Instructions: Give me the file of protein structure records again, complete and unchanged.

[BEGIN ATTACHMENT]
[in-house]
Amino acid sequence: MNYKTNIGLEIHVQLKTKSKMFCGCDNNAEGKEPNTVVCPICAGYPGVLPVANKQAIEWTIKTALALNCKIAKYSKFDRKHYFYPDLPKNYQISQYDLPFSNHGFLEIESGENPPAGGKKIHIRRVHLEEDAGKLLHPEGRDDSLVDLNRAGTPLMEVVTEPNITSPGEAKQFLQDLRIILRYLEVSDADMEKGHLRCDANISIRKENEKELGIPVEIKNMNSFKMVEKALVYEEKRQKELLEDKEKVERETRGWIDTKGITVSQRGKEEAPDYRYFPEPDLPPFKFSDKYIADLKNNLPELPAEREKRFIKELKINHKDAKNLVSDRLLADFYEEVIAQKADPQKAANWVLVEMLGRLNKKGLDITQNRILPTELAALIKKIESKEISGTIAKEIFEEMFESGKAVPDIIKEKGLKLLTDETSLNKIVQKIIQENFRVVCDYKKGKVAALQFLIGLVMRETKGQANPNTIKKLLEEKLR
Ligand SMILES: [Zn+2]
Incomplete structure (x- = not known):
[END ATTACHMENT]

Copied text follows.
[in-house]
Amino acid sequence: MNYKTNIGLEIHVQLKTKSKMFCGCDNNAEGKEPNTVVCPICAGYPGVLPVANKQAIEWTIKTALALNCKIAKYSKFDRKHYFYPDLPKNYQISQYDLPFSNHGFLEIESGENPPAGGKKIHIRRVHLEEDAGKLLHPEGRDDSLVDLNRAGTPLMEVVTEPNITSPGEAKQFLQDLRIILRYLEVSDADMEKGHLRCDANISIRKENEKELGIPVEIKNMNSFKMVEKALVYEEKRQKELLEDKEKVERETRGWIDTKGITVSQRGKEEAPDYRYFPEPDLPPFKFSDKYIADLKNNLPELPAEREKRFIKELKINHKDAKNLVSDRLLADFYEEVIAQKADPQKAANWVLVEMLGRLNKKGLDITQNRILPTELAALIKKIESKEISGTIAKEIFEEMFESGKAVPDIIKEKGLKLLTDETSLNKIVQKIIQENFRVVCDYKKGKVAALQFLIGLVMRETKGQANPNTIKKLLEEKLR
Ligand SMILES: [Zn+2]
Incomplete structure (x- = not known):